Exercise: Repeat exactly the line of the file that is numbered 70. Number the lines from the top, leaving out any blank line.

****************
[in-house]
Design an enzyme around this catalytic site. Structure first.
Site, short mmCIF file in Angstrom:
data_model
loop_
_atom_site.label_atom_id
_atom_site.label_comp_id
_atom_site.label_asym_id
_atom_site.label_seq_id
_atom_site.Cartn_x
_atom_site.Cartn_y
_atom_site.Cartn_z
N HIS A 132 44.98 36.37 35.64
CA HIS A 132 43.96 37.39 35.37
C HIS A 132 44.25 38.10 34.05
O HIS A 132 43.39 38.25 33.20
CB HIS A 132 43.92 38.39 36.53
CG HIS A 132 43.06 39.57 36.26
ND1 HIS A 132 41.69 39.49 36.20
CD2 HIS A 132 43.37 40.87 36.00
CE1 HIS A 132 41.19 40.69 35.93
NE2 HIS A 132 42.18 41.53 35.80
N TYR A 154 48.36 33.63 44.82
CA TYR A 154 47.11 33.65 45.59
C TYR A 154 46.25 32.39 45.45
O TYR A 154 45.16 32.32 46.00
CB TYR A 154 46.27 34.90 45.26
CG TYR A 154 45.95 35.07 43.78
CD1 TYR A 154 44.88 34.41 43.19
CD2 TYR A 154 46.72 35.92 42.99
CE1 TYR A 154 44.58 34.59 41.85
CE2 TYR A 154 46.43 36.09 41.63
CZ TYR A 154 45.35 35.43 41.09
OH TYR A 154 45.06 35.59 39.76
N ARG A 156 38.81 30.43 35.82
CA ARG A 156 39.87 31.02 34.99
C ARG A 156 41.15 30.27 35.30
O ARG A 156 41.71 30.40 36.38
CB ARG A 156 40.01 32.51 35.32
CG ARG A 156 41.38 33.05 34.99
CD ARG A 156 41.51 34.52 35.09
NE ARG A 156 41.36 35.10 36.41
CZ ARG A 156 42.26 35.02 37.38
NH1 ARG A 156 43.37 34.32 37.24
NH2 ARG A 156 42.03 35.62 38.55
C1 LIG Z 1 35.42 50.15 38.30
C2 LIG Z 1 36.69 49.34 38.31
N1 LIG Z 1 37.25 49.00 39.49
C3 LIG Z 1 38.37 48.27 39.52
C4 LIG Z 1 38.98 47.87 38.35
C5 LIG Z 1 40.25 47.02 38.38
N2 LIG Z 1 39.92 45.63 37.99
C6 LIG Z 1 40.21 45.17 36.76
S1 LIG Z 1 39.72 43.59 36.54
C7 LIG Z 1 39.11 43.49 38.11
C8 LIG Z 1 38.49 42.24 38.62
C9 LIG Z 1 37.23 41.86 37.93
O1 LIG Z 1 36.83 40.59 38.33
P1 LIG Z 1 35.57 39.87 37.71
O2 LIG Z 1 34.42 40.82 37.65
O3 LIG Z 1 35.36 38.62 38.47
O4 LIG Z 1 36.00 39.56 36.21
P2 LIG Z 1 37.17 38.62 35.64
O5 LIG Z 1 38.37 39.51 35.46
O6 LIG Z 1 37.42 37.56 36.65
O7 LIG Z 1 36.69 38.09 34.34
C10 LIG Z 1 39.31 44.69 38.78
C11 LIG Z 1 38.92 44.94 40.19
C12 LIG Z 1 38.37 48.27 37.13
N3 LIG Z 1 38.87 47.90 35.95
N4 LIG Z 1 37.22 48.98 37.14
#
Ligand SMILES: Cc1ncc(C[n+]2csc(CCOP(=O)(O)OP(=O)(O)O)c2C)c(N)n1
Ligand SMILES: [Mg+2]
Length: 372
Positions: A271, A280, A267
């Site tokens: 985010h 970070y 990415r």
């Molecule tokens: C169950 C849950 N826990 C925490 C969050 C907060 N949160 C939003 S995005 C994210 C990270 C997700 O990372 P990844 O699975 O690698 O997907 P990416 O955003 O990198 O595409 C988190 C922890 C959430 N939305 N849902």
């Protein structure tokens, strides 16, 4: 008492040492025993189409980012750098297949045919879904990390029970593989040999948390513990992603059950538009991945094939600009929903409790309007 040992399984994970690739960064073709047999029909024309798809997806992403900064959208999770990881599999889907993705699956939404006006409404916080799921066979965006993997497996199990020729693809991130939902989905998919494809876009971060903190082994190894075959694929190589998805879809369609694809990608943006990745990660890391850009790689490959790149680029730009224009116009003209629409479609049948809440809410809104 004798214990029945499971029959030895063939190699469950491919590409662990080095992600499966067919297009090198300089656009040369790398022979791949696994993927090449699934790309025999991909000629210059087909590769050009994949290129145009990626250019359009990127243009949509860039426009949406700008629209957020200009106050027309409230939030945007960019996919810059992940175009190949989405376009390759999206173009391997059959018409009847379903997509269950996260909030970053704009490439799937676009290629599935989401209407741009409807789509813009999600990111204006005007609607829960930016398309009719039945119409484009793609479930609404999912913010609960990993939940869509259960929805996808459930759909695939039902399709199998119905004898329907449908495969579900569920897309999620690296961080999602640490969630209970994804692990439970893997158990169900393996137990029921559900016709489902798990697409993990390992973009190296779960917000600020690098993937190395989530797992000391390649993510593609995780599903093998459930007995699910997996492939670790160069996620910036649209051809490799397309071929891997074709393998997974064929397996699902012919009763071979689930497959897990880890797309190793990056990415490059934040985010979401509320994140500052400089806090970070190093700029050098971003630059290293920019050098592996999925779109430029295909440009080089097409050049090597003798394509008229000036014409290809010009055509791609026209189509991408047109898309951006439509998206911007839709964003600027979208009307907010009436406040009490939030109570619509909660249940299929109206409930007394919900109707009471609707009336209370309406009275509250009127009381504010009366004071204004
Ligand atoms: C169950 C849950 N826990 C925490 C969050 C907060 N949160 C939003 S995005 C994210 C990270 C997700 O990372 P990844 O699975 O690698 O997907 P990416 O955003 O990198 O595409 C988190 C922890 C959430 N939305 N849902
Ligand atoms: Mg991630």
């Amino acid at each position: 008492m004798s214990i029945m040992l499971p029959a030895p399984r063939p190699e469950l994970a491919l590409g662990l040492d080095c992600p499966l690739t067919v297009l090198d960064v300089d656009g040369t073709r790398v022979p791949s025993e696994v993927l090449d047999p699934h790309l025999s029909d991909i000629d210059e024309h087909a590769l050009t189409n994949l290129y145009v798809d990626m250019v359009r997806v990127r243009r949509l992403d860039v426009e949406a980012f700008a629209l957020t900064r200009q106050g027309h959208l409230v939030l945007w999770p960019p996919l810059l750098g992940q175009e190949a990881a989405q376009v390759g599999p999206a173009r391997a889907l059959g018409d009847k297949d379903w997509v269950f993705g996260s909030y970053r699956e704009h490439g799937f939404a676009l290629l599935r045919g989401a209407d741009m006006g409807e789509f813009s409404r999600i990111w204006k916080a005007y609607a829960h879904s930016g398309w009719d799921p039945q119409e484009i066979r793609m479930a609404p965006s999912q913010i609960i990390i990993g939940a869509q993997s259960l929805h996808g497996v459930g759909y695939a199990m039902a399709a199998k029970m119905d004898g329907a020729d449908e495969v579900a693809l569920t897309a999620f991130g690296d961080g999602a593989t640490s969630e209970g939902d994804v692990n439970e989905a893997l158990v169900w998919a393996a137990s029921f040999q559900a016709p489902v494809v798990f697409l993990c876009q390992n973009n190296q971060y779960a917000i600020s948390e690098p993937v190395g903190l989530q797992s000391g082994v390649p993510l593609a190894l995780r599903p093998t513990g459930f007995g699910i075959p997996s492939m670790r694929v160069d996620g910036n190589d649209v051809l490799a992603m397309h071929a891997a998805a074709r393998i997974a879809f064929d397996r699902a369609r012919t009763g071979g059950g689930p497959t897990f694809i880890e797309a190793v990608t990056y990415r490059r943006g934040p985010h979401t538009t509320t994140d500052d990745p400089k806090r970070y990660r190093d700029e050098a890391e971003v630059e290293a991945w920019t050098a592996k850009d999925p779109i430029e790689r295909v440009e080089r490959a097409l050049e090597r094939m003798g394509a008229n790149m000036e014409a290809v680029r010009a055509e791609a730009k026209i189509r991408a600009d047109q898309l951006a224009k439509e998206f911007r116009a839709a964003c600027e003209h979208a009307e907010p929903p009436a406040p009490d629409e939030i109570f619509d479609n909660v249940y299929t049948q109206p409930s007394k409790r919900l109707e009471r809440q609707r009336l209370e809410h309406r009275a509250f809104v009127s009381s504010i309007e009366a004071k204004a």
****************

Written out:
N3 LIG Z 1 38.87 47.90 35.95